The PEPCO power plant in Dickerson is a popular winter fishing hot spot convenient to Anne Arundel County anglers and one that I fish periodically.
Smallmouth bass, crappies, catfish, carp and the occasional tiger musky are the main targets of winter anglers armed with jigs, white buzzbaits, Rebel Pop-R's or #11 black on silver Rapalas.
"At full power, 285,000 gallons of Potomac River water will be cycled through the plant, heating the water more than 22 degrees during the winter months. This warm water discharge has a significant effect on the Potomac water temperature, which may extend as far as Seneca, some 18 miles downriver," said Potomac fishing guide Ken Penrod.
Warns local fishing pro Jim Gronaw, "Although hot water discharges at power plants always attract fish in the winter, they don't always produce great fishing.
"Things like river levels, water clarity, power plant operations and weather play roles in determining fish activity in such areas."
Gronaw regularly fishes the Dickerson plant and the Peach Bottom atomic power plant near Mount Wolf, Pa., on the Susquehanna River.
When you fish the Dickerson plant area, don't make the mistake of fishing directly in the immediate discharge area where the water is the warmest. These warmer sections draw large numbers of fish, but not quality-sized fish.
Because of output variances, discharged water temperatures can get very warm very quickly or drop drastically at the snap of the fingers. Because of these fluctuating temperatures fish are always moving in and out of the warm water chutes and fishing them is feast or famine.
I usually find the best fishing a mile downstream from the Dickerson plant and on the Maryland side of the Potomac. At this distance, the water temperature is less affected by rapid hot water discharges and on a 30- to 40-degree day, the river temperature along this discharge lane will run 50 to 60 degrees. When that happens, the bass fishing can be spectacular.
The level of the river also is important when fishing at Dickerson. High, muddy water, which is common this time of the year and through early spring, pushes fish in close to the banks to confined eddys. Lower water levels move the fish back into mid-stream holes or eddys.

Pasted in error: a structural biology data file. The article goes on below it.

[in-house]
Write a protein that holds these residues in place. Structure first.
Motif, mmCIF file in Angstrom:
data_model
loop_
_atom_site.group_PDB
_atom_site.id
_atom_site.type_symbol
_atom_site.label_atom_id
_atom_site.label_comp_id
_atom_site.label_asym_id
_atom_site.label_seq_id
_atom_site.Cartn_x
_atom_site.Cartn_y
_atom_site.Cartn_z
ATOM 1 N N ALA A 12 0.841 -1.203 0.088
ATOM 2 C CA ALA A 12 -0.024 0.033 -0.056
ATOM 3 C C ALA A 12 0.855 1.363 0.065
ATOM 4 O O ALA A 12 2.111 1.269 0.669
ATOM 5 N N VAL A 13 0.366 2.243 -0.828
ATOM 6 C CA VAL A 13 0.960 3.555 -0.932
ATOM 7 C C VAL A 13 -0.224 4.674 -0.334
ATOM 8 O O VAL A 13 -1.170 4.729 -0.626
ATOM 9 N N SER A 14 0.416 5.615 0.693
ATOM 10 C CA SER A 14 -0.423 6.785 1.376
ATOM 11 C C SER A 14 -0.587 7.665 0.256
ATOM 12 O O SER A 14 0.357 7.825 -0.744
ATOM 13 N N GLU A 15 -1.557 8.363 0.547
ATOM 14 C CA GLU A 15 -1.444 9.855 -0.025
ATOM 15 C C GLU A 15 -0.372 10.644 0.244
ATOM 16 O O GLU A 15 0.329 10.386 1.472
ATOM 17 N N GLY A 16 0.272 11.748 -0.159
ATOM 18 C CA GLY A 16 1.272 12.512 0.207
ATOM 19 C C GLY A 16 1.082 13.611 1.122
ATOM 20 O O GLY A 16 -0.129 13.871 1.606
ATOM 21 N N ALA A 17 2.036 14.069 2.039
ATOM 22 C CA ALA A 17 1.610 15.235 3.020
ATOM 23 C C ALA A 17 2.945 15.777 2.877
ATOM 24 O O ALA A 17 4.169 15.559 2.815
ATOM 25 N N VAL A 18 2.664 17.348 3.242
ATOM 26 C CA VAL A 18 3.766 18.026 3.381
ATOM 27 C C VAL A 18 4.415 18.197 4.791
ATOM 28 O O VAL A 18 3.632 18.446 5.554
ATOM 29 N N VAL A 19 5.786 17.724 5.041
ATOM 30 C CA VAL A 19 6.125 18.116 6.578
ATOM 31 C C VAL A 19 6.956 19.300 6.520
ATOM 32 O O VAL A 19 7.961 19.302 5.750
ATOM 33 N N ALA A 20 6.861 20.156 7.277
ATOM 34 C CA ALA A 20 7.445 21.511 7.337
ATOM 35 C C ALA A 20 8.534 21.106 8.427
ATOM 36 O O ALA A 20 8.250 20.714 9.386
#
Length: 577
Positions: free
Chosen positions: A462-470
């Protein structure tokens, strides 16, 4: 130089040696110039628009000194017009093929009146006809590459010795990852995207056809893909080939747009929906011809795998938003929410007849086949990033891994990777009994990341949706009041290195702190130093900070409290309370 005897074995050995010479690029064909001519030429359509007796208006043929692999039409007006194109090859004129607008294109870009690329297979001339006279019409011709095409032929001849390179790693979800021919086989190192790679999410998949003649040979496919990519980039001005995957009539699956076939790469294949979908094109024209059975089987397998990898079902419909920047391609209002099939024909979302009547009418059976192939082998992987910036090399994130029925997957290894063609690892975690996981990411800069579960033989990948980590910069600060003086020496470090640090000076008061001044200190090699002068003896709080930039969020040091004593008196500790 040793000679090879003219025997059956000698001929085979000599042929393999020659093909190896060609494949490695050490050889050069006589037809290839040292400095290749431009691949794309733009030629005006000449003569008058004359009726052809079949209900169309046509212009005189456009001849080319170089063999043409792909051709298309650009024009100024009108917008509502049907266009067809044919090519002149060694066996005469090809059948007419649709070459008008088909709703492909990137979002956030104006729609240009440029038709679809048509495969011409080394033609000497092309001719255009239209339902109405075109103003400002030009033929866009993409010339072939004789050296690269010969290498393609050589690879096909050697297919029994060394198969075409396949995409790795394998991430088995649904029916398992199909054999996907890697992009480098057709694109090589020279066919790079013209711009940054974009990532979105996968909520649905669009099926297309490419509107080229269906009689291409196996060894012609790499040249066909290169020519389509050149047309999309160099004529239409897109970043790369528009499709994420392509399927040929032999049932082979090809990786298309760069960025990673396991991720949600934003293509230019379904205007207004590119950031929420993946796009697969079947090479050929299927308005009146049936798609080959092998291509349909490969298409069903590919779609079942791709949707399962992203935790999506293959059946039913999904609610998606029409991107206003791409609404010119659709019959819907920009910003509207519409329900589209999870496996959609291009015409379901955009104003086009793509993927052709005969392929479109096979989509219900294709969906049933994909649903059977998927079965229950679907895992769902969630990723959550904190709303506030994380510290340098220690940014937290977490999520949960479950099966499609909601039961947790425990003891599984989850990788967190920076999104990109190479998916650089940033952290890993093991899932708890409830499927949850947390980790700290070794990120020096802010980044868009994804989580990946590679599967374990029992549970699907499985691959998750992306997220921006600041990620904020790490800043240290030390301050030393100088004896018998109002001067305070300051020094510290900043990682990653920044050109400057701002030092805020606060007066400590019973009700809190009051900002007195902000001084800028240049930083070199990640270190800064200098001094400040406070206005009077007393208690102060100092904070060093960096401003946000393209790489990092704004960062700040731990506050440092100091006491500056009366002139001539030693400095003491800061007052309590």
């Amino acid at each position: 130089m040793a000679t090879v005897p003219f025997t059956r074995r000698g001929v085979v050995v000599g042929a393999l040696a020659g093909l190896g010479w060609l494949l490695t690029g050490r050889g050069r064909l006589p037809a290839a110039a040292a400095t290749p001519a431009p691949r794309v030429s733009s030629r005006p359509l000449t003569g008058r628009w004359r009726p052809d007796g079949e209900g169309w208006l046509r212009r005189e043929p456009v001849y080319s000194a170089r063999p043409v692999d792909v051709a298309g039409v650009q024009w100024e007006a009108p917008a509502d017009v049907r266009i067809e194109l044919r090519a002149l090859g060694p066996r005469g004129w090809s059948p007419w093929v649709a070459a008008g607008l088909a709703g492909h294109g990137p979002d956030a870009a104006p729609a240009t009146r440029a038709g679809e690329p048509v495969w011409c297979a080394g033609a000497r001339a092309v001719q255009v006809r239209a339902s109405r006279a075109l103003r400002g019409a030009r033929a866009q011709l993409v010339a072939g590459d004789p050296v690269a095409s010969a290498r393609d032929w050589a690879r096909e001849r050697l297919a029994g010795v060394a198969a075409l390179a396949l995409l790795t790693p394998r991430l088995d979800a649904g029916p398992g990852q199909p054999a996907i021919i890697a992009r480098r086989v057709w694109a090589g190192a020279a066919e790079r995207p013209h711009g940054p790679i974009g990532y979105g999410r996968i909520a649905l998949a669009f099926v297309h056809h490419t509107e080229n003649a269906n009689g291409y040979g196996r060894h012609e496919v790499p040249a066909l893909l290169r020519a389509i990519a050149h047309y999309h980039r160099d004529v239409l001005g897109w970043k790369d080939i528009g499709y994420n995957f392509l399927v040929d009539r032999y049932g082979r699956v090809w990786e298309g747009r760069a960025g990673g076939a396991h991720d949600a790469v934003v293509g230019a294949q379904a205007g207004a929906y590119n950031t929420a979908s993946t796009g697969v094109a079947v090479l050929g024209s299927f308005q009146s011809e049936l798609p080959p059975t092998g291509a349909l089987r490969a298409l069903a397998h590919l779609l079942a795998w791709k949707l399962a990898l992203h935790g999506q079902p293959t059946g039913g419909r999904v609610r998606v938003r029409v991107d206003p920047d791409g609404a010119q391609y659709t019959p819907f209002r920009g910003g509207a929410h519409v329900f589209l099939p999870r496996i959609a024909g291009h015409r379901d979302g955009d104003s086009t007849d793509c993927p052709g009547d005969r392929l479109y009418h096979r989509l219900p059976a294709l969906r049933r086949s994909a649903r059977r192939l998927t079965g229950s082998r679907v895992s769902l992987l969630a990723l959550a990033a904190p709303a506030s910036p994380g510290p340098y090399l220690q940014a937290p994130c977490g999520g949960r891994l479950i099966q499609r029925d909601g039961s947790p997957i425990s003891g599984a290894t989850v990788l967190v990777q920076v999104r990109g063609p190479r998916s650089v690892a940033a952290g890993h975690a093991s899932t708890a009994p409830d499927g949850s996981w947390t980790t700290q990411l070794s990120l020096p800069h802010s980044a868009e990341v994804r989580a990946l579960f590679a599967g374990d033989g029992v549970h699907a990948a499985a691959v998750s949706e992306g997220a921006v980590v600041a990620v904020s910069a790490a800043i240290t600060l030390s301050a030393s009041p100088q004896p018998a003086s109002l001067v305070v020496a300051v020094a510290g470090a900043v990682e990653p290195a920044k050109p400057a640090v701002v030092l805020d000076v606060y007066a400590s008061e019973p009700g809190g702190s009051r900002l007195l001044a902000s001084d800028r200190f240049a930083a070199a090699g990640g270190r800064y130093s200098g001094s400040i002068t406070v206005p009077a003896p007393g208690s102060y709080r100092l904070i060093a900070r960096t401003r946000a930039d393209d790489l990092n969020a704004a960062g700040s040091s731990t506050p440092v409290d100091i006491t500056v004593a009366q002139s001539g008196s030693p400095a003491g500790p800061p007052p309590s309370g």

xTC Fishing is not allowed on PEPCO property, which ends just below the discharge.
At Peach Bottom on the Susquehanna River, fish for smallmouth bass, walleyes, carp and catfish, plus the occasional musky. The Susquehanna has been running quite high and causing flooding along its path.
Speak up on perch
For generations of local anglers, March has meant fishing the annual yellow perch spawning runs and the historical hot spot is Anne Arundel County.
Sadly, the bottom fell out of this form of fishing years ago due to bad water and bad management, but it is on the rebound.
The Department of Natural Resources is seeking comments on new yellow perch regulations that will establish a 9-inch size limit for both recreational and commercial fishermen. Currently, yellow perch size limits range from 8 1/2 inches to 10 inches depending on which tributary you happen to be fishing.
The DNR says that recent data has suggested that bay-wide yellow perch stocks have been improving. In response to that information, it wants to open certain tributaries now closed to angling. It also claims that the proposed 9-inch minimum "will increase yield and egg production."
Public hearings have been conducted in Annapolis and Queen Anne's County. If you happened to miss them, but want to make your feelings on these matters known, you have until Feb. 29 to get them into the Maryland Department of Natural Resources, Fisheries Division, Tawes State Office Building, C-2, Annapolis, MD 21401. For additional information on the regulations, call (410) 974-2241.